Food Trip: Kaiten-zushi (Conveyor Belt Sushi)

A visit to Japan would not be complete without trying its traditional dishes but what's better than the traditional dishes are the ones mixed with Japanese technological creativeness. A perfect example of this is the Kaiten-zushi ( 回転寿司 ).

Kaiten-zushi ( 回転寿司 )

kaiten-zushi is a sushi restaurant where the plates with the different varieties of sushi are placed on a rotating conveyor belt where customers simply pick their selections from a steady stream of fresh sushi moving along the conveyor belt. Some kaiten-zushi uses a fancier presentation such as miniature wooden "sushi boats" traveling small canals. Others use miniature locomotive cars. (I haven't seen and tried the sushi boats or locomotive cars though).

Daikisuidan Revolving Sushi

Following the steps to a happy dining experience

Here are the ones that I have tried in Daikisuidan:

100 Yen Cooked Egg

200 Yen Lightly Roasted Squid's Legs

250 Yen Red Shrimp (Extra-Large)

150 Yen Crab Flavor Salad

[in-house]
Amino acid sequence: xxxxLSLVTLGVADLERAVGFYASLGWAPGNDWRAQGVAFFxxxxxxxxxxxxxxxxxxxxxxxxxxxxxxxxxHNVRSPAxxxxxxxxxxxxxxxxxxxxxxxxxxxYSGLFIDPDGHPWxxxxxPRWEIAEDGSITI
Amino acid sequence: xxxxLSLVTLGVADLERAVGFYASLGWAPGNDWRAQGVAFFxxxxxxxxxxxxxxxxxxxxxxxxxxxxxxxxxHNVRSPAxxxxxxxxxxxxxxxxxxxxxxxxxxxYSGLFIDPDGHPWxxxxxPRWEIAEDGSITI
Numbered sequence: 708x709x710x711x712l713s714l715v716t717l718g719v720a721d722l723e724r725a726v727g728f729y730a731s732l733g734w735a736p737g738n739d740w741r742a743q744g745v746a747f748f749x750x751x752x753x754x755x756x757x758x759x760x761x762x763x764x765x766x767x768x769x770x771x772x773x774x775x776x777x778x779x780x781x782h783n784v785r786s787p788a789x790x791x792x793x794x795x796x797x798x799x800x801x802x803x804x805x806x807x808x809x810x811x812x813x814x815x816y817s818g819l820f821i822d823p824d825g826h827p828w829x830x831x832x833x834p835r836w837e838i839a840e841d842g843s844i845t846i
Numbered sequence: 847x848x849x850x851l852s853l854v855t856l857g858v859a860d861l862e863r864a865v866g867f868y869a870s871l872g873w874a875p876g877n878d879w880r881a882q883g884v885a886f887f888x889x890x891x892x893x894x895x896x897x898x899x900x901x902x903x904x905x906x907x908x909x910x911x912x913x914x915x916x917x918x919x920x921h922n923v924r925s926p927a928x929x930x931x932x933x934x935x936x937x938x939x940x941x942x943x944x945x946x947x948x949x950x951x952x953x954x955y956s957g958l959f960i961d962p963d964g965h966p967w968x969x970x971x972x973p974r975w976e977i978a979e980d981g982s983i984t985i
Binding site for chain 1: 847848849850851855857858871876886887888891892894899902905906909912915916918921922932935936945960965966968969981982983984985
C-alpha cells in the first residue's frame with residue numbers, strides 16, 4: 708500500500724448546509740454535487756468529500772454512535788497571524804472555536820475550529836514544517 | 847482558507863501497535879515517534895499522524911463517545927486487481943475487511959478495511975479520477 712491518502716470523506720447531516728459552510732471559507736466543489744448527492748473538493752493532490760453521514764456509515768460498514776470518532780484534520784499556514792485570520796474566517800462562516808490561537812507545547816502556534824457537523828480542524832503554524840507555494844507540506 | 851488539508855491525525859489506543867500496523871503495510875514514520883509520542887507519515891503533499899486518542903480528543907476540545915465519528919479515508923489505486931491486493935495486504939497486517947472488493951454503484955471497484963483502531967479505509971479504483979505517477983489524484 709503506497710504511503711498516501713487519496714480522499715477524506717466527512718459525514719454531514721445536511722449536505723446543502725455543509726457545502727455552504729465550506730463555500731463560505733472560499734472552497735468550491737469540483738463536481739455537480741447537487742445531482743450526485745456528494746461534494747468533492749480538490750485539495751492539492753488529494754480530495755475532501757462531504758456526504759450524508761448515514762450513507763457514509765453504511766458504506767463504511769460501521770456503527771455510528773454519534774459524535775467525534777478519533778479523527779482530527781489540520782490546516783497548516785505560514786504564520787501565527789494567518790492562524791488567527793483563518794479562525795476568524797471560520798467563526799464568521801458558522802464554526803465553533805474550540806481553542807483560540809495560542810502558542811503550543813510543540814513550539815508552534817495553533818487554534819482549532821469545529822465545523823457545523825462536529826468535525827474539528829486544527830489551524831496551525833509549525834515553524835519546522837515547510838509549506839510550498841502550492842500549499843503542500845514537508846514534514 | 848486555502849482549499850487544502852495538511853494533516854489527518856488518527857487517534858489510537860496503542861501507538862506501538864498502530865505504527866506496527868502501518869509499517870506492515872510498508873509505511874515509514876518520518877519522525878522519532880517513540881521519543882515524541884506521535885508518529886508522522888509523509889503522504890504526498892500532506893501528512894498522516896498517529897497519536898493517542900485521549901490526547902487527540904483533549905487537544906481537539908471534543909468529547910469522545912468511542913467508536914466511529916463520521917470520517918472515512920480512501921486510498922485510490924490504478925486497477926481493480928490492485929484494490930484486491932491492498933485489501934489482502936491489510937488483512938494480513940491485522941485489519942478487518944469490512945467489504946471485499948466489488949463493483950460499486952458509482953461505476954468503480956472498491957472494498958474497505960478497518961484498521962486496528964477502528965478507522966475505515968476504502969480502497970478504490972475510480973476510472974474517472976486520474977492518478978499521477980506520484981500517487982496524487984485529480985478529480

200 Yen Iwatako

150 Yen Raw Grilled Salmon

150 Yen Okra

150 Yen Snail

250 Yen Herring Roe Ship

200 Yen Raw Boiled Octopus

200 Yen Herring Roe

250 Yen Shrimp Combo

150 Yen Crab Flavor Salad

200 Yen Amber Jack

250 Yen Cuttlefish

250 Yen Shrimp Combo

These restaurants are also called conveyor belt sushi ( 回転寿司 ) and sushi-go-round (くるくる寿司). This type of restaurant was invented by Yoshiaki Shiraishi due to problems in managing his sushi restaurant. He got the idea of a conveyor belt sushi restaurant after he observed the beer bottles on a conveyor belt in an Asahi brewery. After years of development and design, the first conveyor belt sushi restaurant Mawaru Genroku Sushi opened in Osaka in 1958.

Team Nicerio tries out this Kaiten-zushi in Osaka

To date, conveyor belt sushi restaurants are a big part of Japan's unique food culture. It already has numerous variations and technological improvements that are meant to improve the quality of the business. 

Here's what my daughter was doing while my wife and I were busy eating...

We have dined in a conveyor belt sushi restaurant twice in our 2014-2015 26-day stay in Japan. Our first was in Daisukisuisan Revolving Sushi at Universal CityWalk Osaka and the other was at Kura Zushi restaurant also in Osaka.

Overall, both experiences changed my whole view of sushi dining.


Overall rating


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